An Activity is basically "everything that happens on a single screen" of our app, and we are responsible for making sure that this screen can be destroyed and created anew at any time, including keeping track of the state of our app. In order to do so, when we create a new Activity we can put code in certain functions that run onCreate(), onResume(), onPause(), etc. as shown in this chart:

      For the simple app we're writing, we won't need anything but the onCreate() function at first, but it's always a good idea to keep this Activity lifecycle in mind.

    • 4. Our Empty Activity

      With that in mind, let's look at what was prepared for us. The code for our main activity (in "MainActivity.kt") currently consists of only eleven lines - ignoring package and import instructions, we see this:

      class MainActivity : AppCompatActivity() {
      override fun onCreate(savedInstanceState: Bundle?) {

      As outlined above, there's an onCreate() function, so whatever is in there runs as soon as we start our app. The first instruction is there for technical reasons, leaving only one other line as current functionality of our app:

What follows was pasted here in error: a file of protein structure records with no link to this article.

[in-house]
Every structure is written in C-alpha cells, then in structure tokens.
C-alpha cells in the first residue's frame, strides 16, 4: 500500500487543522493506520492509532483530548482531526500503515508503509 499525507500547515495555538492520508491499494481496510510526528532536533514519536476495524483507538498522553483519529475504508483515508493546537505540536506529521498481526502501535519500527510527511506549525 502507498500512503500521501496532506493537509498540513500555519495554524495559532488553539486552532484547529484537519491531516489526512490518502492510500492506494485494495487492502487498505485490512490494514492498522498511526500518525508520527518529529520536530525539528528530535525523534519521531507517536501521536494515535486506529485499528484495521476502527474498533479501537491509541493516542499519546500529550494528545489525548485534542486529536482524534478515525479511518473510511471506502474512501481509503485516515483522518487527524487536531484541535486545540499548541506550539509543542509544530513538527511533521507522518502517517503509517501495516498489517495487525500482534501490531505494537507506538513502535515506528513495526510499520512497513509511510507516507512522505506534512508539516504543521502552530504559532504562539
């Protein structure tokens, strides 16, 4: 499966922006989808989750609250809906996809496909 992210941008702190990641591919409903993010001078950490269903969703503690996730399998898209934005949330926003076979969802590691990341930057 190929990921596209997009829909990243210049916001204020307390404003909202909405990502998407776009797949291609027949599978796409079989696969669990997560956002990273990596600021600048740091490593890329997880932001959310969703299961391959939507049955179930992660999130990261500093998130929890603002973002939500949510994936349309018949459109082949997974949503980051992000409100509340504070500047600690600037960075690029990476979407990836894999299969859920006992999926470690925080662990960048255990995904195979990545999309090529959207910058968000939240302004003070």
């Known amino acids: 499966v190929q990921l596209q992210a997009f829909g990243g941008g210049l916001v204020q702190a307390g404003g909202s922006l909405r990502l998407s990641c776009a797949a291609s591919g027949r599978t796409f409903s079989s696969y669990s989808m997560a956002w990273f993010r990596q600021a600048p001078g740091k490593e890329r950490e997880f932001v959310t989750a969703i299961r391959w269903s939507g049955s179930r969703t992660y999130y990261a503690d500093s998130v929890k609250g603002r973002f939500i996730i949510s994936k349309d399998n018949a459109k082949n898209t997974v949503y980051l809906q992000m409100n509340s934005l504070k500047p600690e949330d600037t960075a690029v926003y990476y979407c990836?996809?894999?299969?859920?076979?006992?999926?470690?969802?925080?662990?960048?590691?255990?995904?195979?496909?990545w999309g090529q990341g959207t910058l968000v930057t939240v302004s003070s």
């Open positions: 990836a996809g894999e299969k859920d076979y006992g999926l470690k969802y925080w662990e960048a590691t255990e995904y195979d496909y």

What does this do? It applies a layout file to our Activity, so that something appears on the screen. This layout file is "activity_main.xml", so let's have a look at that as well


      android:text="Hello World!"
      app:layout_constraintTop_toTopOf="parent" />


      Again, a lot of stuff that's there for technical reasons - but if you ever wrote HTML for a website directly, this should look familiar. What happens here is that we define a ConstraintLayout (first block, plus last line) that is as large as the screen (layout_width and layout_height parameters set to "match_parent").

      In that ConstraintLayout, we define a TextView that is just as large as necessary (layout_width and layout_height parameters set to "wrap_content"), and add the text "Hello World!" to that view. We are also setting some layout constraints, which will lead to the text being presented in the middle of the screen.

      Good thing the IDE comes with a Design view for layouts, so we can see the spectacular result in all its glory without having to install and run the app first:

    • 5. Finally, some coding